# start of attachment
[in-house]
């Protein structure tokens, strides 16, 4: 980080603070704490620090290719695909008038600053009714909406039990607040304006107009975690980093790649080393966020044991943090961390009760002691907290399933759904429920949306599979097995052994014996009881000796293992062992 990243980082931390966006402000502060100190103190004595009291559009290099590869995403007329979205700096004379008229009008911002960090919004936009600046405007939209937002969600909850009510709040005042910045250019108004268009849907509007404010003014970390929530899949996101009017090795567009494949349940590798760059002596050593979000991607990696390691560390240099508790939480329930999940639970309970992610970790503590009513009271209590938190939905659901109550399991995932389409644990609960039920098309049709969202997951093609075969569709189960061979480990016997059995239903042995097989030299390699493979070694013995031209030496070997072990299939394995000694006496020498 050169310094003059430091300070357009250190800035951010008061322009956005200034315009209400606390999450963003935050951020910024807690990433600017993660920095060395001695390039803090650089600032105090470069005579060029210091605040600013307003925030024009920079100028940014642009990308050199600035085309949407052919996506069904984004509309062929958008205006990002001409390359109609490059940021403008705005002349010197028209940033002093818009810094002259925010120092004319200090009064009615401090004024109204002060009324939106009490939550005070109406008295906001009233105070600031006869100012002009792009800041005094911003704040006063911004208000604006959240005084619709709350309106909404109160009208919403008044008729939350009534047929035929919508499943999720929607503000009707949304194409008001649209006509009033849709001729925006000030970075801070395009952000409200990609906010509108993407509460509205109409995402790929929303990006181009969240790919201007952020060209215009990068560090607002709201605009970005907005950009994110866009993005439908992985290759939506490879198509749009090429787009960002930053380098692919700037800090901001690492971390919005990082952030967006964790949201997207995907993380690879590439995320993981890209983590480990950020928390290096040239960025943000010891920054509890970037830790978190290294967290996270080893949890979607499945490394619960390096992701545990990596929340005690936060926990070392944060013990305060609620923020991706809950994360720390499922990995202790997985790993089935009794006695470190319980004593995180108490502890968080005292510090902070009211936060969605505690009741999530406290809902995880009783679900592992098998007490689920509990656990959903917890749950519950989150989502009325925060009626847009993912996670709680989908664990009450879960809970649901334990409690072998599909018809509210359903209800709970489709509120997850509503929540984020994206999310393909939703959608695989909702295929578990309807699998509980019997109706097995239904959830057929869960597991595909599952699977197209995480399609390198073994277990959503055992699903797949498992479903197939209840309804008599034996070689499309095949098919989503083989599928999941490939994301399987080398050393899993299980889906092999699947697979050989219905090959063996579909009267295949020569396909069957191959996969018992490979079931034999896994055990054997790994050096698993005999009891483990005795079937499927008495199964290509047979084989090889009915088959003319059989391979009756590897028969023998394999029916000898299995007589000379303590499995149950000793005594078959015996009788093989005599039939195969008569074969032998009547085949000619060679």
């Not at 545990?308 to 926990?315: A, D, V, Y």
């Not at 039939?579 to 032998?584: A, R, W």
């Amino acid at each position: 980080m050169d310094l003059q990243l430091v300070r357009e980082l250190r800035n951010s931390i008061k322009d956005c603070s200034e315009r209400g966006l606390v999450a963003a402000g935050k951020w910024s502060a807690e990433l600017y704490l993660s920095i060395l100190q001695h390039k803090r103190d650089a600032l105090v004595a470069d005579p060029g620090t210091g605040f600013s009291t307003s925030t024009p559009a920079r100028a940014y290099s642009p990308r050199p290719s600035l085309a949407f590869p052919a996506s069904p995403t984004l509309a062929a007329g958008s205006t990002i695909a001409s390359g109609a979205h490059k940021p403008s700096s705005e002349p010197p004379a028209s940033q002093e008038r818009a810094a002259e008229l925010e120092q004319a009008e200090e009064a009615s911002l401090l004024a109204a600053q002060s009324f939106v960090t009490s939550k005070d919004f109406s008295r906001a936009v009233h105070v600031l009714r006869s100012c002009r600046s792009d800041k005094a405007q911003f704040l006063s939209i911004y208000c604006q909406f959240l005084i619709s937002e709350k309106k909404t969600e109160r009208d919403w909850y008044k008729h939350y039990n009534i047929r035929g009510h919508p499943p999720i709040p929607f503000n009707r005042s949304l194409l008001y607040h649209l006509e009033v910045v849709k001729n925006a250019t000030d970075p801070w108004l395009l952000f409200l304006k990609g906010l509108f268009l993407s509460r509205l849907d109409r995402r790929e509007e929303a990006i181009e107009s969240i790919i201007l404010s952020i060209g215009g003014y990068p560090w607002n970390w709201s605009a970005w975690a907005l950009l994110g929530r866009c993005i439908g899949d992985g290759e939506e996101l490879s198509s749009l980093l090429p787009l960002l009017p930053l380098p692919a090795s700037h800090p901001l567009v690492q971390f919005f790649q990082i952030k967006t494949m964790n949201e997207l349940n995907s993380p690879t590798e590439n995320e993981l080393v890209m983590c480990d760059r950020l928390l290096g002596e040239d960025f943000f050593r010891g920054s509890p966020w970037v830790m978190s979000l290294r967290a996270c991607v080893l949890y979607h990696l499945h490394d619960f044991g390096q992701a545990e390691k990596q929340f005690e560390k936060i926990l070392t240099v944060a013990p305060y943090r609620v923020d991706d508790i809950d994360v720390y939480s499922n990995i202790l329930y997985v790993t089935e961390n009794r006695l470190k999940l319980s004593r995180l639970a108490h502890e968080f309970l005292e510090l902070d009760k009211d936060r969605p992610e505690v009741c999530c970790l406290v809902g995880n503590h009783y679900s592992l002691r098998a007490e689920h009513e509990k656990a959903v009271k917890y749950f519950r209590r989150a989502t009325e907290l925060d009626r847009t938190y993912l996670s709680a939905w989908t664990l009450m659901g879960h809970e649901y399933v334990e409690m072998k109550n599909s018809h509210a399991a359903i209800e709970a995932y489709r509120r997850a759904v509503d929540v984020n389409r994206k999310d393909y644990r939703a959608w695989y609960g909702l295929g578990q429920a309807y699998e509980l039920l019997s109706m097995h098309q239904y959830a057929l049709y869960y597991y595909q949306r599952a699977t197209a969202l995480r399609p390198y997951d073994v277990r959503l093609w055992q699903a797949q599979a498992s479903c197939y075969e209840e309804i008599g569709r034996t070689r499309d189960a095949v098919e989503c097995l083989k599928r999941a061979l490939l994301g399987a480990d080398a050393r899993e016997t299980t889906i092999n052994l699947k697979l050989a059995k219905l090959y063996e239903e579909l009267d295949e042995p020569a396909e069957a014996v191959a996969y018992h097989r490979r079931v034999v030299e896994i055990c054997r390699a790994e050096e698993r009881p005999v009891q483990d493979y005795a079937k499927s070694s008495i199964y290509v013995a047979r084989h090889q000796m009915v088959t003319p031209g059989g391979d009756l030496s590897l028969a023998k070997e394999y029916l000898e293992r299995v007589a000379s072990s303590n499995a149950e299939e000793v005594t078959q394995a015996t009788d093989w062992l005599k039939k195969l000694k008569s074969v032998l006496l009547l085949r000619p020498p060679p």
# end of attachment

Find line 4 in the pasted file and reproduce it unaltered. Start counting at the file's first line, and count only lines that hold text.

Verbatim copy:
């Not at 039939?579 to 032998?584: A, R, W």